Where we go next should be obvious - we need to ask those website maintainers, again, to do something about their sites. The situation isn't good, and hasn't been for some years. dgs at the very least has been honest about why some of the sites under his influence aren't as current as they could be.

 is a RISC OS Usermrchocky on 12/2/05 8:21AM
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Don't forget that Google search results are based on how many different sites link to the listed page. So if everyone just removed the links from their sites to avoid the dead links problem, RISC OS sites would not get high priority listings in Google searches any more.

 is a RISC OS UserJGZimmerle on 12/2/05 10:57AM
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"What is the RISC OS community doing about it? Not a thing."

If Stuart has seen the newsgroups he'd notice how Drobe have been pushing for people who started websites to live up to their responsibilities to keep them active and alive. Also, I noticed Nutshells via Google:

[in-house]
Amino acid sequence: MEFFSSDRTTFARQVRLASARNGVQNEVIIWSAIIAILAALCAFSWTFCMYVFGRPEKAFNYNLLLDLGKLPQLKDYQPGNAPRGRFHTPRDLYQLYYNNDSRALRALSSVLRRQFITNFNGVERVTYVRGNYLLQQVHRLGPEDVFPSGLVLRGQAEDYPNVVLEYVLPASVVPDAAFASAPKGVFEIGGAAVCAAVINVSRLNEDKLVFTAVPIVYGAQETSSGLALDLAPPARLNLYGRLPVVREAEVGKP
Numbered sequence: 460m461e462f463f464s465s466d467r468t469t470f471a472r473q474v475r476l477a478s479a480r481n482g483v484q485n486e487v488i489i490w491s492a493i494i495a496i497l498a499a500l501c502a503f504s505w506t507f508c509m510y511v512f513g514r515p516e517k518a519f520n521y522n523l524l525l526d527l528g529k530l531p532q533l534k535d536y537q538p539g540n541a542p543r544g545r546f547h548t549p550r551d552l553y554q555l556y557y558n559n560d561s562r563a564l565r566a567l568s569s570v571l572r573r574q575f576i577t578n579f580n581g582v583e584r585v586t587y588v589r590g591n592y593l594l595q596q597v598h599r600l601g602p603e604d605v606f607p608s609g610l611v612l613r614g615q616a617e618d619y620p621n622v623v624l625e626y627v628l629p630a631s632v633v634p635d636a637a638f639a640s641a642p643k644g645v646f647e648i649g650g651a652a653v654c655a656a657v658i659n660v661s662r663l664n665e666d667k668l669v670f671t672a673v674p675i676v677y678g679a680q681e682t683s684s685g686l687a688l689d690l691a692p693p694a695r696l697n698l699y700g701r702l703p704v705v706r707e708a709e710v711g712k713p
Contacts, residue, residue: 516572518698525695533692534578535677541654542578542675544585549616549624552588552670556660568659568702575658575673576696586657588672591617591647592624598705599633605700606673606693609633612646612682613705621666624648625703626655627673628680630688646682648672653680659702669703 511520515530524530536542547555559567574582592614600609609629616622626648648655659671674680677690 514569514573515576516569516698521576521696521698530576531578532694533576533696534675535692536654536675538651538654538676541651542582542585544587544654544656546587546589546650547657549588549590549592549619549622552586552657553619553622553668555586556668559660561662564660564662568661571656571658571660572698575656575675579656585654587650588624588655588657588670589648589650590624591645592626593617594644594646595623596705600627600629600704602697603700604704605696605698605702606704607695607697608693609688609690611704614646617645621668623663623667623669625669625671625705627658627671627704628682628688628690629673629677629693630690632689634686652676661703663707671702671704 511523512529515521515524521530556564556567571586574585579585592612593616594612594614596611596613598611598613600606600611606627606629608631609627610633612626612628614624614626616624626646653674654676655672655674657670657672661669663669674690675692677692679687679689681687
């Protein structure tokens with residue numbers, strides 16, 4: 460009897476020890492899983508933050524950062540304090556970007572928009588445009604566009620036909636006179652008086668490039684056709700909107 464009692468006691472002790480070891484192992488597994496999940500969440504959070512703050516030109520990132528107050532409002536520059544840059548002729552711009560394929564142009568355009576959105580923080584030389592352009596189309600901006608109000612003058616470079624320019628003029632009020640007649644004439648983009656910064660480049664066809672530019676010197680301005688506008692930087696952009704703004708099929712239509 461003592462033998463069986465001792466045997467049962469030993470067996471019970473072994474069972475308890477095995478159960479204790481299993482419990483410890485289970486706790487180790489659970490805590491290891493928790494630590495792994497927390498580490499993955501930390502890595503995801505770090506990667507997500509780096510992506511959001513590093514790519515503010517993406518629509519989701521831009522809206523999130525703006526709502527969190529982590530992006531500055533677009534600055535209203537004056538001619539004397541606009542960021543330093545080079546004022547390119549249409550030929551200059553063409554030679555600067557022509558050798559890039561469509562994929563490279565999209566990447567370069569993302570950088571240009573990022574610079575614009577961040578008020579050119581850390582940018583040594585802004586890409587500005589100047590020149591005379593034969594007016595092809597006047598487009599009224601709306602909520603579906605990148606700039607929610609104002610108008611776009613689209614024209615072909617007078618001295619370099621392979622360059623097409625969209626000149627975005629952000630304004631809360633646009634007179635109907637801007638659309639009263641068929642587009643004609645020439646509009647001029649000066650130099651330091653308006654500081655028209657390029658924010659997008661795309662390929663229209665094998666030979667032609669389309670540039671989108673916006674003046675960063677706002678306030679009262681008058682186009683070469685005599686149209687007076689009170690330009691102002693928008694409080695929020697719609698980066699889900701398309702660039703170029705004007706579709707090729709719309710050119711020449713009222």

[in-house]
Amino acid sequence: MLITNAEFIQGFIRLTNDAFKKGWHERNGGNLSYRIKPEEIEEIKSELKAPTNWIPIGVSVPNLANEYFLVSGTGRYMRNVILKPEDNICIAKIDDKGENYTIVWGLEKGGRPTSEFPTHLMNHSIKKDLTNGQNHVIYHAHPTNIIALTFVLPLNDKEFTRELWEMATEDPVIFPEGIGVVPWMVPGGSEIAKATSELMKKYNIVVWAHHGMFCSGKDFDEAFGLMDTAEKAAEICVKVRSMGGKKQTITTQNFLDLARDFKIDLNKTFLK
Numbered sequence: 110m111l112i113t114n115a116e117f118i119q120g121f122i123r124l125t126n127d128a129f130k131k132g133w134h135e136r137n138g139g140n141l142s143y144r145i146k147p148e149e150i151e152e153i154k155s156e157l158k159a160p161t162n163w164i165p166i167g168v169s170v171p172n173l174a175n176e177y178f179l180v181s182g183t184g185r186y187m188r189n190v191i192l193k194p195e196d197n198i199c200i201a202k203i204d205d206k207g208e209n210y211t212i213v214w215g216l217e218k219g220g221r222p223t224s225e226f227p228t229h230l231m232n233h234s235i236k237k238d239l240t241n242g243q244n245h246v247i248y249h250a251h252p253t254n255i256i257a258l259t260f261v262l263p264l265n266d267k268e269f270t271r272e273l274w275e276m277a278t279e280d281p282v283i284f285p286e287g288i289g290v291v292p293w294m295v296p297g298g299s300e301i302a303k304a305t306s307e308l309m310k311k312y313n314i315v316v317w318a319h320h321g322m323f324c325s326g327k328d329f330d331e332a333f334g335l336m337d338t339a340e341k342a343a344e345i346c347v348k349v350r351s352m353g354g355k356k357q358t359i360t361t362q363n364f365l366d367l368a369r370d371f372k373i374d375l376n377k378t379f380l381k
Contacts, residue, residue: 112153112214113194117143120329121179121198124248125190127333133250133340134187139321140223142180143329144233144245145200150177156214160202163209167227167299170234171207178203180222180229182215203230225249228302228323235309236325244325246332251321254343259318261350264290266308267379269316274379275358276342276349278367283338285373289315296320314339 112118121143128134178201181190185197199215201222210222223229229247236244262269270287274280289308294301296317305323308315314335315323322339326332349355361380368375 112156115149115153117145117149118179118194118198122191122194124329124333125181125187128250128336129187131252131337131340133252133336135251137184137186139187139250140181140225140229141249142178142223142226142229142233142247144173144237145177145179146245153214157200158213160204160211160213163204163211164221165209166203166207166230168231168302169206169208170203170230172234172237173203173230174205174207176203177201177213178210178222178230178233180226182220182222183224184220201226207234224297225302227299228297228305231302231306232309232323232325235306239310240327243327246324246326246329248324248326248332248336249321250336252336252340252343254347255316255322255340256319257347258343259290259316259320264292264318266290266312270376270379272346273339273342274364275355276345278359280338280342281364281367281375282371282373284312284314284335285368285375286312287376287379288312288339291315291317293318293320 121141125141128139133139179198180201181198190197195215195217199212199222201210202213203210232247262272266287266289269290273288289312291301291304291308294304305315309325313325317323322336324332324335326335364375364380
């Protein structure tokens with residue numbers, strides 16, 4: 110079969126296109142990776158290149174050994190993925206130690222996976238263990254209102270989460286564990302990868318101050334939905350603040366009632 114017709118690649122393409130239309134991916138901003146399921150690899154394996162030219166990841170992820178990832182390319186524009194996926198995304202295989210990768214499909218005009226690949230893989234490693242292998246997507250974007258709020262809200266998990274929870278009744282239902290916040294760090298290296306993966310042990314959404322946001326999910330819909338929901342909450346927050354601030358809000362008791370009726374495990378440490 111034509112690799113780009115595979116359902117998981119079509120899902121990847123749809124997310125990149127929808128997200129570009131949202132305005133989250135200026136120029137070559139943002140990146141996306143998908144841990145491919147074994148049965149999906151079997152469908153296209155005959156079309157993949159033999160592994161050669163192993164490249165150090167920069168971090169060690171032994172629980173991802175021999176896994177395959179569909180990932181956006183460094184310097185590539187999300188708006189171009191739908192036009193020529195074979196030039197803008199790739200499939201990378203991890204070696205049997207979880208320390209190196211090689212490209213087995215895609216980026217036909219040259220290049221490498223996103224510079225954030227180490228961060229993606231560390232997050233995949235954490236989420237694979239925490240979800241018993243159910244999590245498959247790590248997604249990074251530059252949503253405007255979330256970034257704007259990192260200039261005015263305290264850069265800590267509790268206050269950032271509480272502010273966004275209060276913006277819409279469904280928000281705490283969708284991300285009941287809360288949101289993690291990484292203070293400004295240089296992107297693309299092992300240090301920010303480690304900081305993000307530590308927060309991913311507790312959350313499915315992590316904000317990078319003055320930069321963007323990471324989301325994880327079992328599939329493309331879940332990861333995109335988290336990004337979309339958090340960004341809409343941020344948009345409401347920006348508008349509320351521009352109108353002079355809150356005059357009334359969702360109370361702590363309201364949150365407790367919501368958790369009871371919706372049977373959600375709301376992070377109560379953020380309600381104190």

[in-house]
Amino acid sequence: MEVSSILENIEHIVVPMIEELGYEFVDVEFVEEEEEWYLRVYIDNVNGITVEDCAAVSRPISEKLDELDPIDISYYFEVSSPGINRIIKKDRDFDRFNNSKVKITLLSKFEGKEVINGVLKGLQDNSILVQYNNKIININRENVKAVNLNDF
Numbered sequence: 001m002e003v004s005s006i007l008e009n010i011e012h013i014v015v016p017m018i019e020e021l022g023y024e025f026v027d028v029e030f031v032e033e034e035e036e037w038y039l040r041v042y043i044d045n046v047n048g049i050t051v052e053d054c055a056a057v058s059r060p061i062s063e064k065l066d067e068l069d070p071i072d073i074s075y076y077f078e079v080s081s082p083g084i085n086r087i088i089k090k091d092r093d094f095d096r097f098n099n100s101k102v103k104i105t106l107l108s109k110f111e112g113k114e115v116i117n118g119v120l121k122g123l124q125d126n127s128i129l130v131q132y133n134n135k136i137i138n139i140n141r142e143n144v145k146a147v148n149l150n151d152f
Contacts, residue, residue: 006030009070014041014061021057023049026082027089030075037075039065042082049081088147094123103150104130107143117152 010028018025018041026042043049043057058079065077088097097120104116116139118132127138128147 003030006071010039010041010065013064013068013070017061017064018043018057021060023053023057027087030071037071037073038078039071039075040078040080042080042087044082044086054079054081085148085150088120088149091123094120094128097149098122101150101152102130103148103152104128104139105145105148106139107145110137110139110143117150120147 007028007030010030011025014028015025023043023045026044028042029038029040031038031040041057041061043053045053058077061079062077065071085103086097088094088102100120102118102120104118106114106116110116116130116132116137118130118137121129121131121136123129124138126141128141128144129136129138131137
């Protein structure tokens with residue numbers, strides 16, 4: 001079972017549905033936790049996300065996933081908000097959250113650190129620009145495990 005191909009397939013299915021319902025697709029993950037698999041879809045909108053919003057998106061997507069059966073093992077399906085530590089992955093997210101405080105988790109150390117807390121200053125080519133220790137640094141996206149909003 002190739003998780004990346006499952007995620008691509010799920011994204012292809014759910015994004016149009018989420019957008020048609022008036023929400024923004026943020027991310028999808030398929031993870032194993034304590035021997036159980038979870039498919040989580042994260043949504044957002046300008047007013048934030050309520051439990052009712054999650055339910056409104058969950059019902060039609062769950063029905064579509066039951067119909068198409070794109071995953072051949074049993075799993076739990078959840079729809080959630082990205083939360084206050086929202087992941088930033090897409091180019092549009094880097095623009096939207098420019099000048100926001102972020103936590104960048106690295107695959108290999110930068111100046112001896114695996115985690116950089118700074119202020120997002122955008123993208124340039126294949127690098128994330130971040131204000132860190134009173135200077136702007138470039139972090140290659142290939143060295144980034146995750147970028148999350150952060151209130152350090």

Sorry but if you start a site then it's your responsibility to keep it going and active. As the article above says there have been numerous news and resource sites started in a frenzy of enthusiasm which are then abandoned and it's more often than not through loss of the same enthusiasm.

The problem I suspect with Cybervillage was that at around the time Stuart was asking for help, a plethora of other news sites were springing up most of which seem to have stagnated or disappeared.

Best wishes to Stuart.

 is a RISC OS UserAW on 12/2/05 4:22PM
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I can't agree it's a 'responsibility' to update a website, if people do not want to read out of date news, then don't go to the website, period. And with regard to Stuart's condition, I think quite frankly a website, out of date or otherwise is not even worthy of a moments thought when you compare it's importance with the importance of your own health, or that of your friends/family.

 is a RISC OS Userthegman on 12/2/05 6:46PM